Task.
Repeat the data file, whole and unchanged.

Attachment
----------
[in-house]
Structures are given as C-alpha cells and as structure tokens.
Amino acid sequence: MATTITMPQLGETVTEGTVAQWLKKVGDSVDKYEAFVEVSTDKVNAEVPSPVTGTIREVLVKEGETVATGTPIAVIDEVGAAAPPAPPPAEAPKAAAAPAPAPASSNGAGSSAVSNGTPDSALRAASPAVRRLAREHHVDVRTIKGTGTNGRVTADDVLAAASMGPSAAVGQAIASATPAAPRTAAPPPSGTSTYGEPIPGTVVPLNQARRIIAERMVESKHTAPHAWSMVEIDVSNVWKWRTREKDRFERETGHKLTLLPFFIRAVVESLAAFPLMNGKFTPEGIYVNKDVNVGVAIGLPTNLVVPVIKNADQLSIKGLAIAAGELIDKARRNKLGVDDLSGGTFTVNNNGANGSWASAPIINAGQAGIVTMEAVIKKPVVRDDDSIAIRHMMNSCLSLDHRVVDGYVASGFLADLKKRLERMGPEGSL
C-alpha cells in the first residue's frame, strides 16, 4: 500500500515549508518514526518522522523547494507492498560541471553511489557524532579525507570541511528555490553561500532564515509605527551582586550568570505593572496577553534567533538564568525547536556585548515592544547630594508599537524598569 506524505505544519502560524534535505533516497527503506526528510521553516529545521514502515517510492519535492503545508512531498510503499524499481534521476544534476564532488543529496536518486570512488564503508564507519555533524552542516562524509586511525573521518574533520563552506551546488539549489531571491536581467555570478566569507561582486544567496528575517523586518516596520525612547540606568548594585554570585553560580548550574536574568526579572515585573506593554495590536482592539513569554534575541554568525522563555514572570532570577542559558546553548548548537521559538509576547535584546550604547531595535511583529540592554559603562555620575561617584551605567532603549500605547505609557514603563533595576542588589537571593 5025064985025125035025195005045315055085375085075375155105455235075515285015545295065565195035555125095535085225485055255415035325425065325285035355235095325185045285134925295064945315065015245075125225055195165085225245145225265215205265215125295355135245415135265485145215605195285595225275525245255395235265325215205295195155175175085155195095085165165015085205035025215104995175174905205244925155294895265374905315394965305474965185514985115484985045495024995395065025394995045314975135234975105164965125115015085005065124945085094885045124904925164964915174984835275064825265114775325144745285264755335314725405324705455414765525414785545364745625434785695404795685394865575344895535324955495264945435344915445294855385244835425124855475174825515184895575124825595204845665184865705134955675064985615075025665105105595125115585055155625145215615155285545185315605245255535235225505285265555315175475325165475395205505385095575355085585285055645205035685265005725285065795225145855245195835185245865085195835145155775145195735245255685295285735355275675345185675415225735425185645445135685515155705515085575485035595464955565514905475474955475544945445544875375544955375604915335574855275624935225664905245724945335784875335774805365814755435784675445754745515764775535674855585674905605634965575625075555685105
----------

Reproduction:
[in-house]
Structures are given as C-alpha cells and as structure tokens.
Amino acid sequence: MATTITMPQLGETVTEGTVAQWLKKVGDSVDKYEAFVEVSTDKVNAEVPSPVTGTIREVLVKEGETVATGTPIAVIDEVGAAAPPAPPPAEAPKAAAAPAPAPASSNGAGSSAVSNGTPDSALRAASPAVRRLAREHHVDVRTIKGTGTNGRVTADDVLAAASMGPSAAVGQAIASATPAAPRTAAPPPSGTSTYGEPIPGTVVPLNQARRIIAERMVESKHTAPHAWSMVEIDVSNVWKWRTREKDRFERETGHKLTLLPFFIRAVVESLAAFPLMNGKFTPEGIYVNKDVNVGVAIGLPTNLVVPVIKNADQLSIKGLAIAAGELIDKARRNKLGVDDLSGGTFTVNNNGANGSWASAPIINAGQAGIVTMEAVIKKPVVRDDDSIAIRHMMNSCLSLDHRVVDGYVASGFLADLKKRLERMGPEGSL
C-alpha cells in the first residue's frame, strides 16, 4: 500500500515549508518514526518522522523547494507492498560541471553511489557524532579525507570541511528555490553561500532564515509605527551582586550568570505593572496577553534567533538564568525547536556585548515592544547630594508599537524598569 506524505505544519502560524534535505533516497527503506526528510521553516529545521514502515517510492519535492503545508512531498510503499524499481534521476544534476564532488543529496536518486570512488564503508564507519555533524552542516562524509586511525573521518574533520563552506551546488539549489531571491536581467555570478566569507561582486544567496528575517523586518516596520525612547540606568548594585554570585553560580548550574536574568526579572515585573506593554495590536482592539513569554534575541554568525522563555514572570532570577542559558546553548548548537521559538509576547535584546550604547531595535511583529540592554559603562555620575561617584551605567532603549500605547505609557514603563533595576542588589537571593 5025064985025125035025195005045315055085375085075375155105455235075515285015545295065565195035555125095535085225485055255415035325425065325285035355235095325185045285134925295064945315065015245075125225055195165085225245145225265215205265215125295355135245415135265485145215605195285595225275525245255395235265325215205295195155175175085155195095085165165015085205035025215104995175174905205244925155294895265374905315394965305474965185514985115484985045495024995395065025394995045314975135234975105164965125115015085005065124945085094885045124904925164964915174984835275064825265114775325144745285264755335314725405324705455414765525414785545364745625434785695404795685394865575344895535324955495264945435344915445294855385244835425124855475174825515184895575124825595204845665184865705134955675064985615075025665105105595125115585055155625145215615155285545185315605245255535235225505285265555315175475325165475395205505385095575355085585285055645205035685265005725285065795225145855245195835185245865085195835145155775145195735245255685295285735355275675345185675415225735425185645445135685515155705515085575485035595464955565514905475474955475544945445544875375544955375604915335574855275624935225664905245724945335784875335774805365814755435784675445754745515764775535674855585674905605634965575625075555685105